With film critics being disposed off one by one, with the stars they use to rate films being tattooed mercilessly on their bodies, top cop Arvind Mathur (Sunny Deol) swings into action. At the same time, there is a romance blossoming between Nila, a young entertainment journalist played by Shreya Dhanwanthary, and a scruffy but attractive florist named Danny (Dulquer Salmaan). The two exchange smiles over bouquets of tulips, their easy chemistry giving Chup some of its best moments. But Danny is also someone who has Norman Bates-styled conversations with himself, a fact that Balki lets the audience in on the get-go, but which the other characters in the film are unaware of. Their romance builds as easily as the body count of critics, with the serial killer getting novel with every strike, using the words used by his victims in their reviews to plan his modus operandi for each killing.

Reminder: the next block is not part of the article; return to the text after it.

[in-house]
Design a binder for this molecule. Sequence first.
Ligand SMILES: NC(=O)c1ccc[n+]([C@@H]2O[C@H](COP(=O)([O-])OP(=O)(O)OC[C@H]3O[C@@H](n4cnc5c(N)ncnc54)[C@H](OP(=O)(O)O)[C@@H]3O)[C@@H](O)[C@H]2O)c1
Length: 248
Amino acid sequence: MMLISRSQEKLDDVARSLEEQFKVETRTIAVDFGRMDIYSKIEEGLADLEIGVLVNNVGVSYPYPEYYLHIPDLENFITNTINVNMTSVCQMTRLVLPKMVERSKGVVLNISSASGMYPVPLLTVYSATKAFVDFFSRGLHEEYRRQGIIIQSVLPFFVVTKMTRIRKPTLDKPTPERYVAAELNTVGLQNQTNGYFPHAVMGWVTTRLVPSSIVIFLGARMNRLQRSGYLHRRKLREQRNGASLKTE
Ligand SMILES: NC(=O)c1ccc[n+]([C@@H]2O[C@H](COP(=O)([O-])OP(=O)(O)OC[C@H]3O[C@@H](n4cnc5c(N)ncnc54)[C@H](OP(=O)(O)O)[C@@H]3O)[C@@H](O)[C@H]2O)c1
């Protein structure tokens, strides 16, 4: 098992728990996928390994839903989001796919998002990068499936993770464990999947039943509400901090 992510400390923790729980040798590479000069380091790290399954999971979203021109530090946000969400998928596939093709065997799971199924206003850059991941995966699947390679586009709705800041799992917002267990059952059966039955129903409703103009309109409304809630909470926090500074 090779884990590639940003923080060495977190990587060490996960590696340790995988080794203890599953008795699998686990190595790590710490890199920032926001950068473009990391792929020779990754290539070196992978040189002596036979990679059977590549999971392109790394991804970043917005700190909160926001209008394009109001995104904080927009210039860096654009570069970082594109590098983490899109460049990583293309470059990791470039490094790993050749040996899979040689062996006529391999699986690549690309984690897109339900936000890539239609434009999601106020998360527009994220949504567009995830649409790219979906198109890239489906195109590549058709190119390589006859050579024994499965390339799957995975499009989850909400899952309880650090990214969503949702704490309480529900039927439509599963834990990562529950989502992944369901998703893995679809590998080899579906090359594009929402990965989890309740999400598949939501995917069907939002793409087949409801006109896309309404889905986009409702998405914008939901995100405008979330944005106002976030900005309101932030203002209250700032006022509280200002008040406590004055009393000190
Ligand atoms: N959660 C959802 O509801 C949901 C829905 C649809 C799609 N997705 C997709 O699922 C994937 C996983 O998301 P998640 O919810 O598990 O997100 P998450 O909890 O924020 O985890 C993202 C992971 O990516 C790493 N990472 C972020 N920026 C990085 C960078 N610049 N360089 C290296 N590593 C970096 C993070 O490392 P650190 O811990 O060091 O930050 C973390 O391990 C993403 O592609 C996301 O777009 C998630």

There is an uneasy nervous energy about Chup that benefits its storytelling. The interval block is perhaps one of the best in recent times, with the writing — Balki teams up with Rishi Virmani and film critic Raja Sen — painting the killer as more of an artist than a murderer. He is, after all, the self-appointed vigilante of quality cinema. That sets the stage for a delicious meta slasher, a genre so cheesy in itself that you organically have fun with it, but Chup is so melancholic that you are torn about how you want to feel.